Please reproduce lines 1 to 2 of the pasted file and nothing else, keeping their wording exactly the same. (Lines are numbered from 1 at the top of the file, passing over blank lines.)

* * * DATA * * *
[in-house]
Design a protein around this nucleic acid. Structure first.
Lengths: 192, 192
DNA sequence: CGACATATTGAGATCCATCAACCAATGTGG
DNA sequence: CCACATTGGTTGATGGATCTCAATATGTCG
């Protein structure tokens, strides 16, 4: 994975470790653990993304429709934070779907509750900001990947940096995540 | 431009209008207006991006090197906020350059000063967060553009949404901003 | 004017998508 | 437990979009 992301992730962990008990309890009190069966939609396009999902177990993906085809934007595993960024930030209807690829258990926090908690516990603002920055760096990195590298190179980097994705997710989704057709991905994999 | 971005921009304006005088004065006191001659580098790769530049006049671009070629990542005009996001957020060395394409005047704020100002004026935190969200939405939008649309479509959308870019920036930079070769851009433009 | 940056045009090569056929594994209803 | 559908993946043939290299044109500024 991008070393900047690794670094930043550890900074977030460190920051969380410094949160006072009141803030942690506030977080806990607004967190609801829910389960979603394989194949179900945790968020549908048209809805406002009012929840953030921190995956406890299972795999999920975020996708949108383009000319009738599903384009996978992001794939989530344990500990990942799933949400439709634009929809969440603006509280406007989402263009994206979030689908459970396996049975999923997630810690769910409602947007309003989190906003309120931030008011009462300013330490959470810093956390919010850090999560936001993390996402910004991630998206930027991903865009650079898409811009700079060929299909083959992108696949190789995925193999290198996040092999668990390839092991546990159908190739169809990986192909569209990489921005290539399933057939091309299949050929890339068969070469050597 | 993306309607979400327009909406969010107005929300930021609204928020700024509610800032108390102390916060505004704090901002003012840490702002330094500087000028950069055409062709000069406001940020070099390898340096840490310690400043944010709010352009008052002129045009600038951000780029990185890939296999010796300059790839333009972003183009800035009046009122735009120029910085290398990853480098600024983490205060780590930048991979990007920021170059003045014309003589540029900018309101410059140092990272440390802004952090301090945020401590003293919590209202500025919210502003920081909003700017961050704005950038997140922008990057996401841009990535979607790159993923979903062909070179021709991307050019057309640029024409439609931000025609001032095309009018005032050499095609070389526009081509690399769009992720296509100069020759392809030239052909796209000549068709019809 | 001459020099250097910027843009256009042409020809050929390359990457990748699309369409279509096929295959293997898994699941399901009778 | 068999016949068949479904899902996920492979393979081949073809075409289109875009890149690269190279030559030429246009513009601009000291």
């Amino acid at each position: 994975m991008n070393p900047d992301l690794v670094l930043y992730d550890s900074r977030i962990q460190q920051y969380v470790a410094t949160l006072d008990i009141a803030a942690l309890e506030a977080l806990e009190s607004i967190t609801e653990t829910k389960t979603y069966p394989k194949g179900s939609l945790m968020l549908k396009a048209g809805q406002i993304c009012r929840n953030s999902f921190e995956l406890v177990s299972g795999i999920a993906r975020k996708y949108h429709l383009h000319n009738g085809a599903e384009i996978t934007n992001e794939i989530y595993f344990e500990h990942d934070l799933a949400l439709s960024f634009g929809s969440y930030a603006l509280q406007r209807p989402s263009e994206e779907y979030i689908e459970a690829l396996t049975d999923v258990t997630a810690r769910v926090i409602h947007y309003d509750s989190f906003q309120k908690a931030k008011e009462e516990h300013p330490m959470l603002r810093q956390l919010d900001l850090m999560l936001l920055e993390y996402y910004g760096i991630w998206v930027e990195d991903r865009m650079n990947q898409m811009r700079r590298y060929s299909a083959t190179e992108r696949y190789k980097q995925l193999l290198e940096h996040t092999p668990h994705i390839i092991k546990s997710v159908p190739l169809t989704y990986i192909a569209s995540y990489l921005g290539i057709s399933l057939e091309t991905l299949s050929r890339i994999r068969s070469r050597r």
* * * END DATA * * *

[in-house]
Design a protein around this nucleic acid. Structure first.